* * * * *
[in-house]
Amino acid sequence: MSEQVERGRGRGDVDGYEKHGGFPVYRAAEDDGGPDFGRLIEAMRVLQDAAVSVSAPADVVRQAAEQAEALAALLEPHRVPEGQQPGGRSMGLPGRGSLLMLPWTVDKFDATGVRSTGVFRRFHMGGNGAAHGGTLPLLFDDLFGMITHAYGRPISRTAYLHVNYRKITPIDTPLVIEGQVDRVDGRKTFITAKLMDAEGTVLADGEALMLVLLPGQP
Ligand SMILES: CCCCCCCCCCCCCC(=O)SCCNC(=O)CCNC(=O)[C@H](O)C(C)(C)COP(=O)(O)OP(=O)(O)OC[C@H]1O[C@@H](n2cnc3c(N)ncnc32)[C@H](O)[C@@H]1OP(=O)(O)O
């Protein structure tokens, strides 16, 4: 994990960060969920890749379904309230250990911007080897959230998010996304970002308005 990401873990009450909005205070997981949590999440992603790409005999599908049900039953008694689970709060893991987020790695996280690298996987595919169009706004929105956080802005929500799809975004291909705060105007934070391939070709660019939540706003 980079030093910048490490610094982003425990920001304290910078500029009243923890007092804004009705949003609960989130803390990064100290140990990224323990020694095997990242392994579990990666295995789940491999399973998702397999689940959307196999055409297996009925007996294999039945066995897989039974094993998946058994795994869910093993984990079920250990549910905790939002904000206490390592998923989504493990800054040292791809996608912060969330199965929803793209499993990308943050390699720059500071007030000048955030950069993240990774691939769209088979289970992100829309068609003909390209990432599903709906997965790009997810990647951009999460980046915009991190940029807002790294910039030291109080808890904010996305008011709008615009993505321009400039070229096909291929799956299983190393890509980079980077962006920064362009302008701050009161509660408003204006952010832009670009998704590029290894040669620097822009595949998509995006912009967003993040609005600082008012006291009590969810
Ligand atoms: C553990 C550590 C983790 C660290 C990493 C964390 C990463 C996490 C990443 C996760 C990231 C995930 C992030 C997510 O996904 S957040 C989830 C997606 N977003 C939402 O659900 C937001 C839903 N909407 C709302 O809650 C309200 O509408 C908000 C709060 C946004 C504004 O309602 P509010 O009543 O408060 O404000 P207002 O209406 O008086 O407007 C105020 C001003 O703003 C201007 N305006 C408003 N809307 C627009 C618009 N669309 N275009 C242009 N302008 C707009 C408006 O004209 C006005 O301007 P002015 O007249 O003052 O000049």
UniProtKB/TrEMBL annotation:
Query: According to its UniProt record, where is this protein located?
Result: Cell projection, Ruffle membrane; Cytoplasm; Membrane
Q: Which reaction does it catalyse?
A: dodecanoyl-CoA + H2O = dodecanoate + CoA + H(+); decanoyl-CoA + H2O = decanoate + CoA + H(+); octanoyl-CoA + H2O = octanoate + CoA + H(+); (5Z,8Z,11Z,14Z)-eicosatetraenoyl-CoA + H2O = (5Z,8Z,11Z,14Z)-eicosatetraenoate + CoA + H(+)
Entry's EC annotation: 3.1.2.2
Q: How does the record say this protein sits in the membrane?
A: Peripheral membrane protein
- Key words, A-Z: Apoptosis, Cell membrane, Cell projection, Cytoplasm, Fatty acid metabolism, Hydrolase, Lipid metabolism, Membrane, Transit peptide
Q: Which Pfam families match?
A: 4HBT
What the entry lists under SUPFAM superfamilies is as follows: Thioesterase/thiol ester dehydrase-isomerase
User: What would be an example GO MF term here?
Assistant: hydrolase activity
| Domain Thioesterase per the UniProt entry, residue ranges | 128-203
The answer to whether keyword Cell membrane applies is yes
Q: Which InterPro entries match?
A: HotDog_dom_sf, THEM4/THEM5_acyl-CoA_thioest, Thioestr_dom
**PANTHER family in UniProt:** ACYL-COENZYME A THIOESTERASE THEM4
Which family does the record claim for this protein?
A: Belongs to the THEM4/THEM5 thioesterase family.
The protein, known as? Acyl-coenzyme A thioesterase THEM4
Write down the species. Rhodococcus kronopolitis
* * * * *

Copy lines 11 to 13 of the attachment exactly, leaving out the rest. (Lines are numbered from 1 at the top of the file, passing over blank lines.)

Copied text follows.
Entry's EC annotation: 3.1.2.2
Q: How does the record say this protein sits in the membrane?
A: Peripheral membrane protein